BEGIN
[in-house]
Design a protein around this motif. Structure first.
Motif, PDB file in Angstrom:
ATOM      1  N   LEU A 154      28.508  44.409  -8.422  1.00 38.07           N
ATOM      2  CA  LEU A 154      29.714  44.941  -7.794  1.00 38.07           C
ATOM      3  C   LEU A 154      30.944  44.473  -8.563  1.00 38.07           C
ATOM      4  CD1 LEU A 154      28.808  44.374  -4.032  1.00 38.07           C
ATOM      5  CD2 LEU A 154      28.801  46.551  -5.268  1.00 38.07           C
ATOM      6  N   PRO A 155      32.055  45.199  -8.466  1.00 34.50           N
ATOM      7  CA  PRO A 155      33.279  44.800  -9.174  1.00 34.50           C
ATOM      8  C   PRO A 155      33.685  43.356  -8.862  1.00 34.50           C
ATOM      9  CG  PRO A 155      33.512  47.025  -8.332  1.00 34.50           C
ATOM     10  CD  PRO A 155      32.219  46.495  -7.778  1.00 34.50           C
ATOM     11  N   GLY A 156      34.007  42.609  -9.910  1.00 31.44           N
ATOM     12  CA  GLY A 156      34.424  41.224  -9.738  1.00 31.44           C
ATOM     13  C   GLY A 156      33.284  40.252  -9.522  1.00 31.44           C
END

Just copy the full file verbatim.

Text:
[in-house]
Design a protein around this motif. Structure first.
Motif, PDB file in Angstrom:
ATOM      1  N   LEU A 154      28.508  44.409  -8.422  1.00 38.07           N
ATOM      2  CA  LEU A 154      29.714  44.941  -7.794  1.00 38.07           C
ATOM      3  C   LEU A 154      30.944  44.473  -8.563  1.00 38.07           C
ATOM      4  CD1 LEU A 154      28.808  44.374  -4.032  1.00 38.07           C
ATOM      5  CD2 LEU A 154      28.801  46.551  -5.268  1.00 38.07           C
ATOM      6  N   PRO A 155      32.055  45.199  -8.466  1.00 34.50           N
ATOM      7  CA  PRO A 155      33.279  44.800  -9.174  1.00 34.50           C
ATOM      8  C   PRO A 155      33.685  43.356  -8.862  1.00 34.50           C
ATOM      9  CG  PRO A 155      33.512  47.025  -8.332  1.00 34.50           C
ATOM     10  CD  PRO A 155      32.219  46.495  -7.778  1.00 34.50           C
ATOM     11  N   GLY A 156      34.007  42.609  -9.910  1.00 31.44           N
ATOM     12  CA  GLY A 156      34.424  41.224  -9.738  1.00 31.44           C
ATOM     13  C   GLY A 156      33.284  40.252  -9.522  1.00 31.44           C